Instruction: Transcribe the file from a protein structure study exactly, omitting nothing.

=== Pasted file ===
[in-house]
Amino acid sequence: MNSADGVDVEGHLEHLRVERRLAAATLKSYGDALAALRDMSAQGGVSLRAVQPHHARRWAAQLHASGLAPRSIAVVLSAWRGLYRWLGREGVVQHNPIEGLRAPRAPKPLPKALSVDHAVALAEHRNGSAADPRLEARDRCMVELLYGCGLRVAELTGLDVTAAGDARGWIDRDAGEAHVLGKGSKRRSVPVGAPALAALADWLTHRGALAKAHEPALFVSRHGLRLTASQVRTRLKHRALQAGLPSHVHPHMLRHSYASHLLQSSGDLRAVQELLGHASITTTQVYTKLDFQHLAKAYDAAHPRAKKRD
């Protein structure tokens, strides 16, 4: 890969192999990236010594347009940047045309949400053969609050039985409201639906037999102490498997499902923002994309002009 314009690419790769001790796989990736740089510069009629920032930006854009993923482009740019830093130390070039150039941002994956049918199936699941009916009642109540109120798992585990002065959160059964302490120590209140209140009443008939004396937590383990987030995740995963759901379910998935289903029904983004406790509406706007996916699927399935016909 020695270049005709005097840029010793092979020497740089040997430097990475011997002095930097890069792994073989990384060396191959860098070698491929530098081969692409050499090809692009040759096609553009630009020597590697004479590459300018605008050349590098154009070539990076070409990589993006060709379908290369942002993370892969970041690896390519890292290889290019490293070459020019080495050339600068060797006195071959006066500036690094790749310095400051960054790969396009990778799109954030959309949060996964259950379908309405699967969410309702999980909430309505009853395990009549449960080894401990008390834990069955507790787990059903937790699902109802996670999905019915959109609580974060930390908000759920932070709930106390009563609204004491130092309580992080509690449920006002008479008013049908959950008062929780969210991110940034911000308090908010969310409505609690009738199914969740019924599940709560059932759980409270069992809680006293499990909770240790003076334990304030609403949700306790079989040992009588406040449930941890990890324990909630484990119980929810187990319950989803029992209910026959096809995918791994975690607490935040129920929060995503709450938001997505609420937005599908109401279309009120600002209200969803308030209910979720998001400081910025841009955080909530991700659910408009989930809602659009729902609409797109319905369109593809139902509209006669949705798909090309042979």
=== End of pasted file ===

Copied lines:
[in-house]
Amino acid sequence: MNSADGVDVEGHLEHLRVERRLAAATLKSYGDALAALRDMSAQGGVSLRAVQPHHARRWAAQLHASGLAPRSIAVVLSAWRGLYRWLGREGVVQHNPIEGLRAPRAPKPLPKALSVDHAVALAEHRNGSAADPRLEARDRCMVELLYGCGLRVAELTGLDVTAAGDARGWIDRDAGEAHVLGKGSKRRSVPVGAPALAALADWLTHRGALAKAHEPALFVSRHGLRLTASQVRTRLKHRALQAGLPSHVHPHMLRHSYASHLLQSSGDLRAVQELLGHASITTTQVYTKLDFQHLAKAYDAAHPRAKKRD
């Protein structure tokens, strides 16, 4: 890969192999990236010594347009940047045309949400053969609050039985409201639906037999102490498997499902923002994309002009 314009690419790769001790796989990736740089510069009629920032930006854009993923482009740019830093130390070039150039941002994956049918199936699941009916009642109540109120798992585990002065959160059964302490120590209140209140009443008939004396937590383990987030995740995963759901379910998935289903029904983004406790509406706007996916699927399935016909 020695270049005709005097840029010793092979020497740089040997430097990475011997002095930097890069792994073989990384060396191959860098070698491929530098081969692409050499090809692009040759096609553009630009020597590697004479590459300018605008050349590098154009070539990076070409990589993006060709379908290369942002993370892969970041690896390519890292290889290019490293070459020019080495050339600068060797006195071959006066500036690094790749310095400051960054790969396009990778799109954030959309949060996964259950379908309405699967969410309702999980909430309505009853395990009549449960080894401990008390834990069955507790787990059903937790699902109802996670999905019915959109609580974060930390908000759920932070709930106390009563609204004491130092309580992080509690449920006002008479008013049908959950008062929780969210991110940034911000308090908010969310409505609690009738199914969740019924599940709560059932759980409270069992809680006293499990909770240790003076334990304030609403949700306790079989040992009588406040449930941890990890324990909630484990119980929810187990319950989803029992209910026959096809995918791994975690607490935040129920929060995503709450938001997505609420937005599908109401279309009120600002209200969803308030209910979720998001400081910025841009955080909530991700659910408009989930809602659009729902609409797109319905369109593809139902509209006669949705798909090309042979």